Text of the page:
Of course, my own emphasis in my life is on dealing directly with a parent who is going through that phase. However, that said, there is no doubt that my difficulties with dealing with it can be directly attributed to my inability to give it up, surrender, ask for help from my own God or source, and were I able to turn entirely away from my own sense of capability, the problem would be solved instantly. As for the predicament that the elderly find themselves in, no doubt when I am that age, unless I have somehow anchored within my mind the realization that I am NOT the body/mind, I will rage at the decrease in abilities, and behave in similar manner to those I am compelled to deal with presently. Perhaps I am fortunate in that I do not have children - I will not have to subject them to the inevitable dismay at having to deal with an irrational adult, who behaves like a child, but dismisses his own child as a child.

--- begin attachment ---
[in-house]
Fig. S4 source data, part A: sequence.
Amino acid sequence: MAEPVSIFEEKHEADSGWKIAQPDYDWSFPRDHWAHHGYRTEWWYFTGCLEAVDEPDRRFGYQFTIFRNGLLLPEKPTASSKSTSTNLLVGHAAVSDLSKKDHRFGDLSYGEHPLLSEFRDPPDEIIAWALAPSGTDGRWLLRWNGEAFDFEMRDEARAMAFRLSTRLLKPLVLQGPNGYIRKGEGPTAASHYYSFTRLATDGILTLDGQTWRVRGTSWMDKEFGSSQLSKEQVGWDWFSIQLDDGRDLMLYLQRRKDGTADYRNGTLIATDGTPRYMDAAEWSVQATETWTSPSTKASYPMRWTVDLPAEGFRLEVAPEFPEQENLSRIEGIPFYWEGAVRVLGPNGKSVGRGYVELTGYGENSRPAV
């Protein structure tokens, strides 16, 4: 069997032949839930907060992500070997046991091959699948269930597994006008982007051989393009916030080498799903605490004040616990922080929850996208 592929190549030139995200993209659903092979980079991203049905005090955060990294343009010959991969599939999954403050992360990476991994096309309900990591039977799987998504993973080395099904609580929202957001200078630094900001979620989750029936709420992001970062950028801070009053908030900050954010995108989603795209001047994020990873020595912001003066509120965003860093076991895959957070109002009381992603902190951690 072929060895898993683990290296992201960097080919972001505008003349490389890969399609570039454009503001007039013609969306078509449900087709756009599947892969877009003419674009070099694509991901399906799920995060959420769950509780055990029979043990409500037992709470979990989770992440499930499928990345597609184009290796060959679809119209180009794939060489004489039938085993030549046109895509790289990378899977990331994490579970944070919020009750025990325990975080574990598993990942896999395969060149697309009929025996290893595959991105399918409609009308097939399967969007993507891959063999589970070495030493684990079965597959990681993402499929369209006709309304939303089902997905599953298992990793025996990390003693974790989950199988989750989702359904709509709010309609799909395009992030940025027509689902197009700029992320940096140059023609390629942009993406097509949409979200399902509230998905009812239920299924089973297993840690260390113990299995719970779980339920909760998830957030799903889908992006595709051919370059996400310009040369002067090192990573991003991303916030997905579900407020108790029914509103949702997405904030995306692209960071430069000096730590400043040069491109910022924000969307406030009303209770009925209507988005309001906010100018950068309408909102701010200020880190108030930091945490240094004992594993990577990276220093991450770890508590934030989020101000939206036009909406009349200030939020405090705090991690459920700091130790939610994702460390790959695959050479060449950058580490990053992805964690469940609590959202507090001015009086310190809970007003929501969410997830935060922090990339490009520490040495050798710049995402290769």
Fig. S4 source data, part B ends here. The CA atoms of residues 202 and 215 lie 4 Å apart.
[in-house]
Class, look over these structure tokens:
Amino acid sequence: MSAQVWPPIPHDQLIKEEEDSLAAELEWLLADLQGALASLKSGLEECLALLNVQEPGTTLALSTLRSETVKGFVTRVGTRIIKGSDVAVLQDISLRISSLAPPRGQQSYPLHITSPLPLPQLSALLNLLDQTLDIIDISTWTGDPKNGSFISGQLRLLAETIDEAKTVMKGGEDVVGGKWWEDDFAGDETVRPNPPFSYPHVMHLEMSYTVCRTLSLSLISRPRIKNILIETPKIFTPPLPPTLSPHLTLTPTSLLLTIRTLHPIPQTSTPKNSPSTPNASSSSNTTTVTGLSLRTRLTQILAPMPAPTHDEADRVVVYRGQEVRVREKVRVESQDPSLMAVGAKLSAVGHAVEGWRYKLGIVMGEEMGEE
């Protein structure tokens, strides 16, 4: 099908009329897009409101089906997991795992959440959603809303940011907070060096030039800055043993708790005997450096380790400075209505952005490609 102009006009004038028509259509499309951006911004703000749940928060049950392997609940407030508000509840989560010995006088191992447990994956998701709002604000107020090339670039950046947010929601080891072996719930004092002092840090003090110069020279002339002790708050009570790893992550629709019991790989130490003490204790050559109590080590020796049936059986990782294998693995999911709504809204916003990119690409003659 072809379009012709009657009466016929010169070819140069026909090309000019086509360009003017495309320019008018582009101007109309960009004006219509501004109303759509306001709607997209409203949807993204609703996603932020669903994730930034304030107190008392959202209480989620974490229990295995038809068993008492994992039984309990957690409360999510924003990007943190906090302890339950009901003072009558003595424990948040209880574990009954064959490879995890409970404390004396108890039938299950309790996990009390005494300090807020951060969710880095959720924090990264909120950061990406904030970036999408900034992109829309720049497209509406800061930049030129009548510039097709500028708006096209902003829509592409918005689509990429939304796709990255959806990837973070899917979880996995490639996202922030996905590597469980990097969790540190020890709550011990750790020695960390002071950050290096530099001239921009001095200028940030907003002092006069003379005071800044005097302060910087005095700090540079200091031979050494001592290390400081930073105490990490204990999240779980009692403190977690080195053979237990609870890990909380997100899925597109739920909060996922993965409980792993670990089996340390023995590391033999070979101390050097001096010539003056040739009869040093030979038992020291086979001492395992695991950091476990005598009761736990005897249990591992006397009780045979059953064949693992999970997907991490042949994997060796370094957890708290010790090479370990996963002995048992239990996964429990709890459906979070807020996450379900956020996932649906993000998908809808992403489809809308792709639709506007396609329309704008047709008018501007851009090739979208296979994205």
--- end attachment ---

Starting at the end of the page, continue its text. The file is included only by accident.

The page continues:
So, anyway, here we are. I am in the difficult situation of having a parent ask me to do things, while at the same time, insisting that he is doing them, and consequently is not only ungrateful, but is illogical, absurd, stubborn, and confrontational. Lest we conclude that this is a unique, and uncommon situation, it is not. My husband's father behaved similarly in his old age, as did both my grandmothers, so I am concluding that this is probably typical of an individual grasping for his "individuality" and "self-worth", by getting things done, which need to be done, but being unable to do so, but refusing to acknowledge that fact, because his "individuality" and "self-worth" depend upon his self-sufficiency. Does this sound familiar? Can we conclude that this is not limited to the elderly, but is ubiquitous in this culture, and that the elderly express this tendency in its full-blown archtypal image, because there is less inhibition and more desperation? I think we can. I think the stress on capability and self-sufficiency, which generates a sense of personal power, but which falls under the umbrella called "individuality" in this culture, has produced people who are often incapable, or at best, reluctanct, to ask for help, much less to acknowledge it. Indeed, there seems to be even amongst the young, great difficulty in asking for help, much less being grateful for it when given. Whether this is unique to this age I do not know, perhaps it is not, and is simply evidence of a facade of invulnerability that we all pride ourselves on, or depend upon, in order to feel safe. (A bit delusional, but who says we aren't all delusional?) Whatever it is, it is destructive not only to the individual who cannot express the gratitude, it is deadly to healthy relationships.